Dharana (Sanskrit – literally ‘act of holding’) is the ‘concentration of the mind’. Where pratyahara is to relieve the mind of outside distractions, this allows the opportunity to begin focusing on distractions of the mind itself. From this point, the most essential task is to concentrate the mind in a single direction, or a single object, idea etc.
The aim of Dharana is to condition the mind to focus attention in one specific direction, and to prevent the mind from wandering. The chosen object or idea does not have to be relevant to anything, it is only there to serve as an anchor for the mind.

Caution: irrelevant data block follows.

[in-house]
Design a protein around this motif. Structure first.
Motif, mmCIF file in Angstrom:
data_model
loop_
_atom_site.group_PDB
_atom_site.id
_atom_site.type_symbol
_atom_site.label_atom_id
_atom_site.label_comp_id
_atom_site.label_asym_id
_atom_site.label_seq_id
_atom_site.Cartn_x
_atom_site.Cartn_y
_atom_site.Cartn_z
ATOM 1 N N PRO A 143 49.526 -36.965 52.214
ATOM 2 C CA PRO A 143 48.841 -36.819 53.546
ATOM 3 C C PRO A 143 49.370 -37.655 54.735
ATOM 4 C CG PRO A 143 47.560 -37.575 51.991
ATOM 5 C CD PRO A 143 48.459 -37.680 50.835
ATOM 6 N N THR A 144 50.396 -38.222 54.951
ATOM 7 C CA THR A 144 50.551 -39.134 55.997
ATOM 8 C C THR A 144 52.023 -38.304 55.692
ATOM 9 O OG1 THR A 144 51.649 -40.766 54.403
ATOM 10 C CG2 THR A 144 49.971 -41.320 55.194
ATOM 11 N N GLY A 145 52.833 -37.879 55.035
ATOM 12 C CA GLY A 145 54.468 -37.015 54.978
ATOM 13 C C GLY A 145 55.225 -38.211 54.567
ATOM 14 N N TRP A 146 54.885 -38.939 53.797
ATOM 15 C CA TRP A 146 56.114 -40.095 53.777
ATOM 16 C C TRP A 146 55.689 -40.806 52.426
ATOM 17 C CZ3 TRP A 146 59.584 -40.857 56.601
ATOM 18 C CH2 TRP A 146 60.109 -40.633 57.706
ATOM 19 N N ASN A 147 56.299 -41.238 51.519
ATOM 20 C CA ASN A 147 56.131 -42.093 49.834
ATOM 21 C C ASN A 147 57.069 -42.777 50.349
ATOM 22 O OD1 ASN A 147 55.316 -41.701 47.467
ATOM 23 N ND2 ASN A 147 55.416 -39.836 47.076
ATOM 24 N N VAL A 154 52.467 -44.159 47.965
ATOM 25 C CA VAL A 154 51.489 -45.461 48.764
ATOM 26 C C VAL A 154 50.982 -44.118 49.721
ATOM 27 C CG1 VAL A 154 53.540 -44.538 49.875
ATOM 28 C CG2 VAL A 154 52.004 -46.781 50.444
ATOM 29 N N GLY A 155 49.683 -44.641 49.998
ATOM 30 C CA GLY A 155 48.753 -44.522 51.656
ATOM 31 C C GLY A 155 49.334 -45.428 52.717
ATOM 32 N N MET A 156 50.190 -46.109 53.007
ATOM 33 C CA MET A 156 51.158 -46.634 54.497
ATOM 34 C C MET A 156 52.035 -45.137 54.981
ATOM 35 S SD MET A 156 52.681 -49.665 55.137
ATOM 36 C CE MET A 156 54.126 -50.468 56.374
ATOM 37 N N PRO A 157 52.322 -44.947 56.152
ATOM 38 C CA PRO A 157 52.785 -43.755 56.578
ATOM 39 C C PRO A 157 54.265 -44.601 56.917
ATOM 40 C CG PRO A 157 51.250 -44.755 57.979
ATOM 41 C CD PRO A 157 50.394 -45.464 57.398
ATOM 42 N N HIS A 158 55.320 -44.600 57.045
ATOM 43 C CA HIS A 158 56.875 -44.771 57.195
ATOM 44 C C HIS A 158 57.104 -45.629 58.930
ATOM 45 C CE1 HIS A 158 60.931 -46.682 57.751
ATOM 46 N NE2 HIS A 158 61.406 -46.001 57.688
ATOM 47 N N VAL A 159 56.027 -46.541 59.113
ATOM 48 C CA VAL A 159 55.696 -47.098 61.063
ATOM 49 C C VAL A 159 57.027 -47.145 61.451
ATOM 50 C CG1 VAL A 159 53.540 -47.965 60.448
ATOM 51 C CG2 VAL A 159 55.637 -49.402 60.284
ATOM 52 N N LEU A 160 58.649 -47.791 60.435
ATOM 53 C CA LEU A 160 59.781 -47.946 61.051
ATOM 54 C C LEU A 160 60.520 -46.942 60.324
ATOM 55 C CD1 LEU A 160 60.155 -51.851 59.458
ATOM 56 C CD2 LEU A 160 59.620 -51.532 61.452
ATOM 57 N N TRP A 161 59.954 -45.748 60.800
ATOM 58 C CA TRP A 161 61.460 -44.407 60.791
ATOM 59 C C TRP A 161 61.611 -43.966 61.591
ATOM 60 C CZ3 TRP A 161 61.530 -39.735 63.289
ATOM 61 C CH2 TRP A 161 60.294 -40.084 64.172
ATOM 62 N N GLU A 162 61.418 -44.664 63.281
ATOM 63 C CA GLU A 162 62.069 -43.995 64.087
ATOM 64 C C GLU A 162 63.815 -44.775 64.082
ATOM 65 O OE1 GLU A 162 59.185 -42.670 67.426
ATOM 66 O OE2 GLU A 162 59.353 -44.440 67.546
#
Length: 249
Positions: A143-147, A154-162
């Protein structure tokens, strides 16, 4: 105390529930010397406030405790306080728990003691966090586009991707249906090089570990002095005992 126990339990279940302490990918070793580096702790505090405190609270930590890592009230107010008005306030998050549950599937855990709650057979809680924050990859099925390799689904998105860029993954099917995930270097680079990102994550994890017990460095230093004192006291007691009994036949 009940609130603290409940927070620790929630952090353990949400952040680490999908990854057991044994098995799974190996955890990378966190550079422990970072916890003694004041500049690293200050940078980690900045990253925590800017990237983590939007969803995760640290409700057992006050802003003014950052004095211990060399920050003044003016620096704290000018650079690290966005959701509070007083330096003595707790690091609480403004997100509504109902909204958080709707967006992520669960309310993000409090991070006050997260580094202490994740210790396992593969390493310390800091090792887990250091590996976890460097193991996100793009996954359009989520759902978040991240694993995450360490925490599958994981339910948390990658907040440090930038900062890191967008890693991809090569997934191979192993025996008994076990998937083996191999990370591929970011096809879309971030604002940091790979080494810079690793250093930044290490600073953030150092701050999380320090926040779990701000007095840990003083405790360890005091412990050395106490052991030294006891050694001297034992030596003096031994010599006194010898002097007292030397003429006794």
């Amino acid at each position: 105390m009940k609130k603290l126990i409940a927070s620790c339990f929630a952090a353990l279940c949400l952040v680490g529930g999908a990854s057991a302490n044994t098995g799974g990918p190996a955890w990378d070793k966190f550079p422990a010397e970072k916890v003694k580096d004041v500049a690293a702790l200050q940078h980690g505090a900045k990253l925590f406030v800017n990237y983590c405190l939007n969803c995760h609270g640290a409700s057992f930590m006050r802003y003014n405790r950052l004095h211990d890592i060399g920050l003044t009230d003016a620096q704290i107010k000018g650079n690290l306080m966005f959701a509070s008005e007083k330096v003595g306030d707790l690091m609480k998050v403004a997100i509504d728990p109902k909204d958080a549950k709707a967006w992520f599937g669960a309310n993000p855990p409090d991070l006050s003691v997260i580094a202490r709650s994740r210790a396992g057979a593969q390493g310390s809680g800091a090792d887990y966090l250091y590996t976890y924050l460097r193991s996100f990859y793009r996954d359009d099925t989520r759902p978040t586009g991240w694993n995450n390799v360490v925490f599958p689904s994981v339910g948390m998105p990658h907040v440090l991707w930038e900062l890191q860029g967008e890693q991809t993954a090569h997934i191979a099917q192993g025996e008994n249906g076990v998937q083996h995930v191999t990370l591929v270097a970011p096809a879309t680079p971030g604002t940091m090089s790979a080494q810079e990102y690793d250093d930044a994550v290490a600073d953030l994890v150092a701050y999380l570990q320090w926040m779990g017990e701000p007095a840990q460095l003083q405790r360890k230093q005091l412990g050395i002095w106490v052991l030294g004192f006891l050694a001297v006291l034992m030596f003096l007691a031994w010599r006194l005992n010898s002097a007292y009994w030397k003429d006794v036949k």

Candle-gazing, visualisation of an object, concentration of breathing, and pictures of flowers or deities are common practises of Dharana.
By this point, the practitioner should have confidence in their developed powers of concentration through the previous stages of asana, pranayama and pratyahara. However, in Dharana the focus is built on the previous stages so that they become more fine-tuned and immediate, allowing greater focused meditation to take place.